Transcription is an inherently stochastic, noisy, and multi-step process, in which fluctuations at every step can cause variations in RNA synthesis, and affect physiology and differentiation decisions in otherwise identical cells. However, it has been an experimental challenge to directly link the stochastic events at the promoter to transcript production. Here we established a fast fluorescence in situ hybridization (fastFISH) method that takes advantage of intrinsically unstructured nucleic acid sequences to achieve exceptionally fast rates of specific hybridization (\~{}10e7 M(-1)s(-1)), and allows deterministic detection of single nascent transcripts. Using a prototypical RNA polymerase, we demonstrated the use of fastFISH to measure the kinetic rates of promoter escape, elongation, and termination in one assay at the single-molecule level, at sub-second temporal resolution. The principles of fastFISH design can be used to study stochasticity in gene regulation, to select targets for gene silencing, and to design nucleic acid nanostructures. DOI: http://dx.doi.org/10.7554/eLife.01775.001.

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11/01/13 | Caged naloxone reveals opioid signaling deactivation kinetics.
Banghart MR, Williams JT, Shah RC, Lavis LD, Sabatini BL
Molecular Pharmacology. 2013 Nov;84(5):687-95. doi: 10.1124/mol.113.088096

The spatiotemporal dynamics of opioid signaling in the brain remain poorly defined. Photoactivatable opioid ligands provide a means to quantitatively measure these dynamics and their underlying mechanisms in brain tissue. Although activation kinetics can be assessed using caged agonists, deactivation kinetics are obscured by slow clearance of agonist in tissue. To reveal deactivation kinetics of opioid signaling we developed a caged competitive antagonist that can be quickly photoreleased in sufficient concentrations to render agonist dissociation effectively irreversible. Carboxynitroveratryl-naloxone (CNV-NLX), a caged analog of the competitive opioid antagonist NLX, was readily synthesized from commercially available NLX in good yield and found to be devoid of antagonist activity at heterologously expressed opioid receptors. Photolysis in slices of rat locus coeruleus produced a rapid inhibition of the ionic currents evoked by multiple agonists of the μ-opioid receptor (MOR), but not of α-adrenergic receptors, which activate the same pool of ion channels. Using the high-affinity peptide agonist dermorphin, we established conditions under which light-driven deactivation rates are independent of agonist concentration and thus intrinsic to the agonist-receptor complex. Under these conditions, some MOR agonists yielded deactivation rates that are limited by G protein signaling, whereas others appeared limited by agonist dissociation. Therefore, the choice of agonist determines which feature of receptor signaling is unmasked by CNV-NLX photolysis.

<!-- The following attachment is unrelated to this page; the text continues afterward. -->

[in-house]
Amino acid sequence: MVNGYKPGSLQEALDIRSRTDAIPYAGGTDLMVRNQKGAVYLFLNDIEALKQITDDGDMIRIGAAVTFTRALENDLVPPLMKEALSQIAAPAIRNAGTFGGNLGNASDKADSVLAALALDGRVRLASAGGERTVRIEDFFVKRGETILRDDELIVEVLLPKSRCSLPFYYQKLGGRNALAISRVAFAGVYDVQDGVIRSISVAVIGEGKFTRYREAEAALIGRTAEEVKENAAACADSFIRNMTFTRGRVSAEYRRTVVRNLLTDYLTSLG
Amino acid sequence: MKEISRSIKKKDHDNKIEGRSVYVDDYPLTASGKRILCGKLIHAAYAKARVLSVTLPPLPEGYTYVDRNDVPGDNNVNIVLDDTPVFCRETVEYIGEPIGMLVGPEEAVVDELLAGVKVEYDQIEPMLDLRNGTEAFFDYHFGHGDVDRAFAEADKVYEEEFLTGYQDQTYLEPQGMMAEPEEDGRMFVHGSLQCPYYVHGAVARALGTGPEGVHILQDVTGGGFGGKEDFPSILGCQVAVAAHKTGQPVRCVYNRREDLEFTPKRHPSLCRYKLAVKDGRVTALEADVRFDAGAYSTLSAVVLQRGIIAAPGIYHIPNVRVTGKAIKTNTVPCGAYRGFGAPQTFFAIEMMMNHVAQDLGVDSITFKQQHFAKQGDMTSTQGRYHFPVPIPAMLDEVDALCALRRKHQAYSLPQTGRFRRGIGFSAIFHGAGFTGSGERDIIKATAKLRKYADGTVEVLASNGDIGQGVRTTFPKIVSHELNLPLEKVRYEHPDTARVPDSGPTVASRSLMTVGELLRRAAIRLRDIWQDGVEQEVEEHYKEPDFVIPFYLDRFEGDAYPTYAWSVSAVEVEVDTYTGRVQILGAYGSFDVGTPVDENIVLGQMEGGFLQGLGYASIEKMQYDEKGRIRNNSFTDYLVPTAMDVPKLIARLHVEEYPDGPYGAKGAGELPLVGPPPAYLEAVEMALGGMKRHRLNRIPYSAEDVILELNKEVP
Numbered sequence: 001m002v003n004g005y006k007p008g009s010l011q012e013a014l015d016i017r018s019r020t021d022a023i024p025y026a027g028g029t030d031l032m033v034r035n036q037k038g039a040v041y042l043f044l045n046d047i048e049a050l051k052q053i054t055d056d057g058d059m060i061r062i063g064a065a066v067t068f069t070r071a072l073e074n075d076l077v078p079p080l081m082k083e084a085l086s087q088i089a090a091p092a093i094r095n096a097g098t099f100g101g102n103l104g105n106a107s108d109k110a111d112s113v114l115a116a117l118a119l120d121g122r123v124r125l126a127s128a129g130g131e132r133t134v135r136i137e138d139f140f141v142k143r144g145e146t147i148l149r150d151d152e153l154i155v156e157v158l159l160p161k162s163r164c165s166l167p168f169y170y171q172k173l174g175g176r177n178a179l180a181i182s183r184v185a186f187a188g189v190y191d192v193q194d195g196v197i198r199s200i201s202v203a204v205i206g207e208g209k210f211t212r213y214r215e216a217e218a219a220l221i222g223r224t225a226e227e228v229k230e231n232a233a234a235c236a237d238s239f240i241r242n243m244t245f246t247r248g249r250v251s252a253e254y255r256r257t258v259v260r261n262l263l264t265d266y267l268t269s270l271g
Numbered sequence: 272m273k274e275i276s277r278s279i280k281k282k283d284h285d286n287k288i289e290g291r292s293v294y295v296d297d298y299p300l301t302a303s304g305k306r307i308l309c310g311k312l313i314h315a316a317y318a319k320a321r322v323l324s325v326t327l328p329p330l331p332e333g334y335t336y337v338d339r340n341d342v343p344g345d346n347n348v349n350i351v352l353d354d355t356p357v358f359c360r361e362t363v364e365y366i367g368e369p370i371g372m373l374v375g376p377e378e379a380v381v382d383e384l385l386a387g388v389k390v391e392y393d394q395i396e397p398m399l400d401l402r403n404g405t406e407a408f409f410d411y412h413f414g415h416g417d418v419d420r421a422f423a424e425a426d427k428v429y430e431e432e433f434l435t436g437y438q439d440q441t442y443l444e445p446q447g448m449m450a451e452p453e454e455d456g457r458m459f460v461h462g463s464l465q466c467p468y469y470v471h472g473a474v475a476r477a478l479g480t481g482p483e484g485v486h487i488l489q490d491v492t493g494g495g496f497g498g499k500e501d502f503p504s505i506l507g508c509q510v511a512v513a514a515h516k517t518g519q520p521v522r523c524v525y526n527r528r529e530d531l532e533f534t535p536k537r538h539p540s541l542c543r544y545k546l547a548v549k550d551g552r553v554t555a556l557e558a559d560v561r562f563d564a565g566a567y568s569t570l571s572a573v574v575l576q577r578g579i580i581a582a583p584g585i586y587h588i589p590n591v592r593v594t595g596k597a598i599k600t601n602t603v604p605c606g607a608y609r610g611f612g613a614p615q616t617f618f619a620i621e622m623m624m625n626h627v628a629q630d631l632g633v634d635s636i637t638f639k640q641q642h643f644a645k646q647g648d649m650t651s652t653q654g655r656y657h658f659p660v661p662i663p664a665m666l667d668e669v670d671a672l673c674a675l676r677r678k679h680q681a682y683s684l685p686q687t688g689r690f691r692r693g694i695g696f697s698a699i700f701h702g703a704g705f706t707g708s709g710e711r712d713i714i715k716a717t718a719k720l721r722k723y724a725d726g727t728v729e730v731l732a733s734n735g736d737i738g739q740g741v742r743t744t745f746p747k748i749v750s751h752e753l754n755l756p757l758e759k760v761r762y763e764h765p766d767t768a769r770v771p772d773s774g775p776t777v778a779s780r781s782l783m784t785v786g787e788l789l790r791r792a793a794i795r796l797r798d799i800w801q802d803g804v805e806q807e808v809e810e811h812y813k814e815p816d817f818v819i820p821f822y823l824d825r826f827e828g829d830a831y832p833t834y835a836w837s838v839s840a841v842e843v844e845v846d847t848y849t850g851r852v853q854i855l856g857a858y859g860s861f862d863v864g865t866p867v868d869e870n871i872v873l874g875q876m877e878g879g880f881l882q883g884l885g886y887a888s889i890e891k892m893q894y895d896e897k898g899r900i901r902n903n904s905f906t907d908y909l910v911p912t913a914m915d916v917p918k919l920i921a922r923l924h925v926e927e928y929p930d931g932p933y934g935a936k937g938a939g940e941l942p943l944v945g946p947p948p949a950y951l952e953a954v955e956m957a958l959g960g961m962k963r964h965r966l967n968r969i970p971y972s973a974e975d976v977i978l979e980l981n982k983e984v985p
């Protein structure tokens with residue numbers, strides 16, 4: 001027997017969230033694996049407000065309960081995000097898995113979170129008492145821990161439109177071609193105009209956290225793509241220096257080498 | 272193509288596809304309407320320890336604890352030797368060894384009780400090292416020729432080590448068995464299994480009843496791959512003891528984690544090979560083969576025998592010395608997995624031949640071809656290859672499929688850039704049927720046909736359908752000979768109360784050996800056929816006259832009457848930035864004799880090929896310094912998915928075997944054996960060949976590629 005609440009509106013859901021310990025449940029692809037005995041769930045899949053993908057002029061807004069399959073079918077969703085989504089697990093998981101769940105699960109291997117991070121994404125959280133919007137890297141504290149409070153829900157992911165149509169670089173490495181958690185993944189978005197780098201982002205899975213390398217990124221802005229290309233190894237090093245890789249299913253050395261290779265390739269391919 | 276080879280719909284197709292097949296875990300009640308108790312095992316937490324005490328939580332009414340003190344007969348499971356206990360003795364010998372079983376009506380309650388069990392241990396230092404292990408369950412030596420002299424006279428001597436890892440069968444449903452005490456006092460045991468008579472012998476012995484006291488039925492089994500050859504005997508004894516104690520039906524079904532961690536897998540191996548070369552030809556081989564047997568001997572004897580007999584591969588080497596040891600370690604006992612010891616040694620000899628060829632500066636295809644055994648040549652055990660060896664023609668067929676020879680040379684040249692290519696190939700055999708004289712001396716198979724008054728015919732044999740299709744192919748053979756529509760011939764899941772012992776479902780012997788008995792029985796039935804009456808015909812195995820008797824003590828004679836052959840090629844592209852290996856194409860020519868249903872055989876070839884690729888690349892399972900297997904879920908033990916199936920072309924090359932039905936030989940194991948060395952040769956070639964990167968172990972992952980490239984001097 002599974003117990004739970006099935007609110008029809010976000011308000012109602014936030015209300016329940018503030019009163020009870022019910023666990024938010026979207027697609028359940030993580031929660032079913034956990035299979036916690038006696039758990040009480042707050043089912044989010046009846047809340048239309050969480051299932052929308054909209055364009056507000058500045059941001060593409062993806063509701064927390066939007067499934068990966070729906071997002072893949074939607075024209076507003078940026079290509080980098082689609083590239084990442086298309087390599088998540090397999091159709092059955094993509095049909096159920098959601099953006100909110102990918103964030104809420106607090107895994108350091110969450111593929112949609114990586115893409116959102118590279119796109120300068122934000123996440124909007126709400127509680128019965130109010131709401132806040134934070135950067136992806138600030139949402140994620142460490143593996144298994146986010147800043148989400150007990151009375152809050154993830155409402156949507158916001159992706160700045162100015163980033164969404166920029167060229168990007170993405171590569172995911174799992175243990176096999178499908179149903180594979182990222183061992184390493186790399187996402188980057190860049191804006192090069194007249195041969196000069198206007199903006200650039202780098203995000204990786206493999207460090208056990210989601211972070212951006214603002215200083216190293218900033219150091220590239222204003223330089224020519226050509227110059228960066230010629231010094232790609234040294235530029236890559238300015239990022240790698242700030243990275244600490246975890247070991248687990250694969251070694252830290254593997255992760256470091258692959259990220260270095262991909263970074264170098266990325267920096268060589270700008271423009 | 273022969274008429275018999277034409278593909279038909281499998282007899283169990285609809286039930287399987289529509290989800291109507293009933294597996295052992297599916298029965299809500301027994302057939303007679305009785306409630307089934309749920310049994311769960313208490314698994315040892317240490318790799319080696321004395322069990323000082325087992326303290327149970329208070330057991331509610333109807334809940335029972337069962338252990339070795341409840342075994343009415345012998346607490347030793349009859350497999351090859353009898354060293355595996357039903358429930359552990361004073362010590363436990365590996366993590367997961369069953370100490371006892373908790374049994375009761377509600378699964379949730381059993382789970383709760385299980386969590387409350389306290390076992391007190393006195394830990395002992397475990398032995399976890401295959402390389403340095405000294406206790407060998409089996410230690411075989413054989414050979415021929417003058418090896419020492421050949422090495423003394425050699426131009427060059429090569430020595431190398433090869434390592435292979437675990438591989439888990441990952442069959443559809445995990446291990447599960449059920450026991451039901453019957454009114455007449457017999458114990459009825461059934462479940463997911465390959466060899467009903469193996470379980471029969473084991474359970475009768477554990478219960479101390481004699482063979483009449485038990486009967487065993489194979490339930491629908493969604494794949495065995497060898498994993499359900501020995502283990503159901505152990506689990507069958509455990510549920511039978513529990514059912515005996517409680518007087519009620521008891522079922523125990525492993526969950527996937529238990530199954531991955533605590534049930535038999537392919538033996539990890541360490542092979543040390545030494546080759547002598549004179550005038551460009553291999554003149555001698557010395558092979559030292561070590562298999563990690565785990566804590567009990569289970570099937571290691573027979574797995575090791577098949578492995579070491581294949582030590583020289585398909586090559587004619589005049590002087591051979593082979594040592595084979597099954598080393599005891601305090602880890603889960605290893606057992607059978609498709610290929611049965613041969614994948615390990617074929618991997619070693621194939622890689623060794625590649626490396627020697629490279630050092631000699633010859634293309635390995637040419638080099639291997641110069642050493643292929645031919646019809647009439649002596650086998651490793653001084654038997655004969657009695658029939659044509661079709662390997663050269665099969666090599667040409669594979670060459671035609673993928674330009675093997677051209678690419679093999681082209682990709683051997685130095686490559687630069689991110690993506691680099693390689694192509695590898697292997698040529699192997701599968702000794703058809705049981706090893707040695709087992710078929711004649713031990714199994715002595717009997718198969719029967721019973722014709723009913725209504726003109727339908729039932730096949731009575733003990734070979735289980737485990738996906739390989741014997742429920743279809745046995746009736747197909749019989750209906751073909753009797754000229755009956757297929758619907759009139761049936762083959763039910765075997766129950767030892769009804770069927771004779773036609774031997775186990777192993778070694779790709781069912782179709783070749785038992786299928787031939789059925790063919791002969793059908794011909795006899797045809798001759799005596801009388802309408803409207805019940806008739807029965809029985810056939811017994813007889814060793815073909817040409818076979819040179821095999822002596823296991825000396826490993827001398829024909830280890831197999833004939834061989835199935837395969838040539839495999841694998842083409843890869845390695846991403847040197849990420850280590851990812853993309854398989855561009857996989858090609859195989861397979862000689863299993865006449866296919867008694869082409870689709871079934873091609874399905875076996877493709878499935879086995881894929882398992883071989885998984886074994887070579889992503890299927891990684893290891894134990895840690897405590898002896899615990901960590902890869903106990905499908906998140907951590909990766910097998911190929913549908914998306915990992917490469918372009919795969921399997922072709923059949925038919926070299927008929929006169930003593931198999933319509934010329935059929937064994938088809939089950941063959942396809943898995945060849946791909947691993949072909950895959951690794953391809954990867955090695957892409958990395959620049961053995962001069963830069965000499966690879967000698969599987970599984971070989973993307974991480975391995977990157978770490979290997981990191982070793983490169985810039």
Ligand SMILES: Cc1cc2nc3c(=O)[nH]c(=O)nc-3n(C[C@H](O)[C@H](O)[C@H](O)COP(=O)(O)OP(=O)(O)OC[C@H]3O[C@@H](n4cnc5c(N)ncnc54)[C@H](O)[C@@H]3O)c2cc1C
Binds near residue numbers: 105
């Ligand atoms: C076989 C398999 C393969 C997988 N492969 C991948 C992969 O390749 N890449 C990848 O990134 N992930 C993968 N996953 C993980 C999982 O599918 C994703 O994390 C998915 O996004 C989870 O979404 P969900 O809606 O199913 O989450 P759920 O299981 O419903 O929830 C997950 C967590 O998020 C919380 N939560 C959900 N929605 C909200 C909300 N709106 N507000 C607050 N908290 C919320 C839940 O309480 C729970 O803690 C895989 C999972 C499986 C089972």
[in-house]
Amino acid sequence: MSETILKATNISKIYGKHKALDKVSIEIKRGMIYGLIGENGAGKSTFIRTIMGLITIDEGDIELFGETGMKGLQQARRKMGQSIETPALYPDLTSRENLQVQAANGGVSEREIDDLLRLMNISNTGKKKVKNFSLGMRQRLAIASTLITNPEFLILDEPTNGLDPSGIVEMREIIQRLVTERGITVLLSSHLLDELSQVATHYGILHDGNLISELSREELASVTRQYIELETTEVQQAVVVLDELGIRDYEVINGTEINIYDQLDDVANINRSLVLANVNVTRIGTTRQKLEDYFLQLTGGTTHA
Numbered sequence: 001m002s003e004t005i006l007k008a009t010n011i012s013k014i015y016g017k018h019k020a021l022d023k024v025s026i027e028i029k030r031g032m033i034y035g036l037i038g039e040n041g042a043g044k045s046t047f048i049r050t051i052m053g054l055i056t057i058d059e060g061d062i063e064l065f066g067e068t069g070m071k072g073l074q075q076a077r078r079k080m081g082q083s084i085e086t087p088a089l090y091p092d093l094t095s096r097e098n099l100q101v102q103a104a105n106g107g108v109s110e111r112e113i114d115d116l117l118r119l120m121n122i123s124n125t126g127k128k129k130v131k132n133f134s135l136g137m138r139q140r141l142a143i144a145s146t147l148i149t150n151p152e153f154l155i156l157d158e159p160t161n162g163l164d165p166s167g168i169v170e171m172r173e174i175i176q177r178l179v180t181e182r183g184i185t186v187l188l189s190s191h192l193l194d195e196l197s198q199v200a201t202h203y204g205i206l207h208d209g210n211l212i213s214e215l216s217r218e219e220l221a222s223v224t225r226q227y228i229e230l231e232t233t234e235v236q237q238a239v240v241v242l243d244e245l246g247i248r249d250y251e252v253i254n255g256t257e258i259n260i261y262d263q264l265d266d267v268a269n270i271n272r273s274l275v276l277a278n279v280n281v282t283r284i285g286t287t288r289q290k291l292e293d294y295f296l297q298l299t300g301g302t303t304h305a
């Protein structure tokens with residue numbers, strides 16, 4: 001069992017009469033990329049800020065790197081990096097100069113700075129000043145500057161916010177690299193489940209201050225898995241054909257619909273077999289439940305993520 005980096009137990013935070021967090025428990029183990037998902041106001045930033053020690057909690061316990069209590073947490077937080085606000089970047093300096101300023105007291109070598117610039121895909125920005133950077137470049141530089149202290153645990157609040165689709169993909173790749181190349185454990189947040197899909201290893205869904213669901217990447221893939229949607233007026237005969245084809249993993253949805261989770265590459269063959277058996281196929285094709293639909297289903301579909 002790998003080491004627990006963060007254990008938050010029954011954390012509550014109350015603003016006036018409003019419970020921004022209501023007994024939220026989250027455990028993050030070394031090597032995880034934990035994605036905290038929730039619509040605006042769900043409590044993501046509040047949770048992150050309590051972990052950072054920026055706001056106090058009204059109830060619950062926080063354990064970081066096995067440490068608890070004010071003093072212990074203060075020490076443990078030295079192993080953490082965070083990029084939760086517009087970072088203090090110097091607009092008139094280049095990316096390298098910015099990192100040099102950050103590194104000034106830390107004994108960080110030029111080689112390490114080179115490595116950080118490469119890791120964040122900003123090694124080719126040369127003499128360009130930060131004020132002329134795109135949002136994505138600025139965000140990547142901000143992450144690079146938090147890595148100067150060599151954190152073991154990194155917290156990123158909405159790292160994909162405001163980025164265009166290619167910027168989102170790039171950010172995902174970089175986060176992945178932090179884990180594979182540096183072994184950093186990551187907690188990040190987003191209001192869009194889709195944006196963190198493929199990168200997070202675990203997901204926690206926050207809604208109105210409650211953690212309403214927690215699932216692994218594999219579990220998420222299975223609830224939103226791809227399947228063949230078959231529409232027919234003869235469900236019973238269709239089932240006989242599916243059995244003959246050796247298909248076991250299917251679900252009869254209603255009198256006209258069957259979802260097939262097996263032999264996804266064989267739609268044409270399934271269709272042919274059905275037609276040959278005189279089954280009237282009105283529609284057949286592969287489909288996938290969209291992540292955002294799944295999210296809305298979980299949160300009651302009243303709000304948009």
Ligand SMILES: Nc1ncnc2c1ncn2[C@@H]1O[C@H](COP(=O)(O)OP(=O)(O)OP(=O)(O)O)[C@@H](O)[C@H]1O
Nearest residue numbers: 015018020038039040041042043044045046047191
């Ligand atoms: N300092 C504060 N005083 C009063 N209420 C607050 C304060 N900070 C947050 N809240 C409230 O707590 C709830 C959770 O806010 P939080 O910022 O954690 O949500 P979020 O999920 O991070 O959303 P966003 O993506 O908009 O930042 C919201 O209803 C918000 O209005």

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06/17/13 | Decoupled roles for the atypical, bifurcated binding pocket of the ybfF hydrolase.
Ellis EE, Adkins CT, Galovska NM, Lavis LD, Johnson RJ
Chembiochem : A European Journal of Chemical Biology. 2013 Jun 17;14(9):1134-44. doi: 10.1002/cbic.201300085

Serine hydrolases have diverse intracellular substrates, biological functions, and structural plasticity, and are thus important for biocatalyst design. Amongst serine hydrolases, the recently described ybfF enzyme family are promising novel biocatalysts with an unusual bifurcated substrate-binding cleft and the ability to recognize commercially relevant substrates. We characterized in detail the substrate selectivity of a novel ybfF enzyme from Vibrio cholerae (Vc-ybfF) by using a 21-member library of fluorogenic ester substrates. We assigned the roles of the two substrate-binding clefts in controlling the substrate selectivity and folded stability of Vc-ybfF by comprehensive substitution analysis. The overall substrate preference of Vc-ybfF was for short polar chains, but it retained significant activity with a range of cyclic and extended esters. This broad substrate specificity combined with the substitutional analysis demonstrates that the larger binding cleft controls the substrate specificity of Vc-ybfF. Key selectivity residues (Tyr116, Arg120, Tyr209) are also located at the larger binding pocket and control the substrate specificity profile. In the structure of ybfF the narrower binding cleft contains water molecules prepositioned for hydrolysis, but based on substitution this cleft showed only minimal contribution to catalysis. Instead, the residues surrounding the narrow binding cleft and at the entrance to the binding pocket contributed significantly to the folded stability of Vc-ybfF. The relative contributions of each cleft of the binding pocket to the catalytic activity and folded stability of Vc-ybfF provide a valuable map for designing future biocatalysts based on the ybfF scaffold.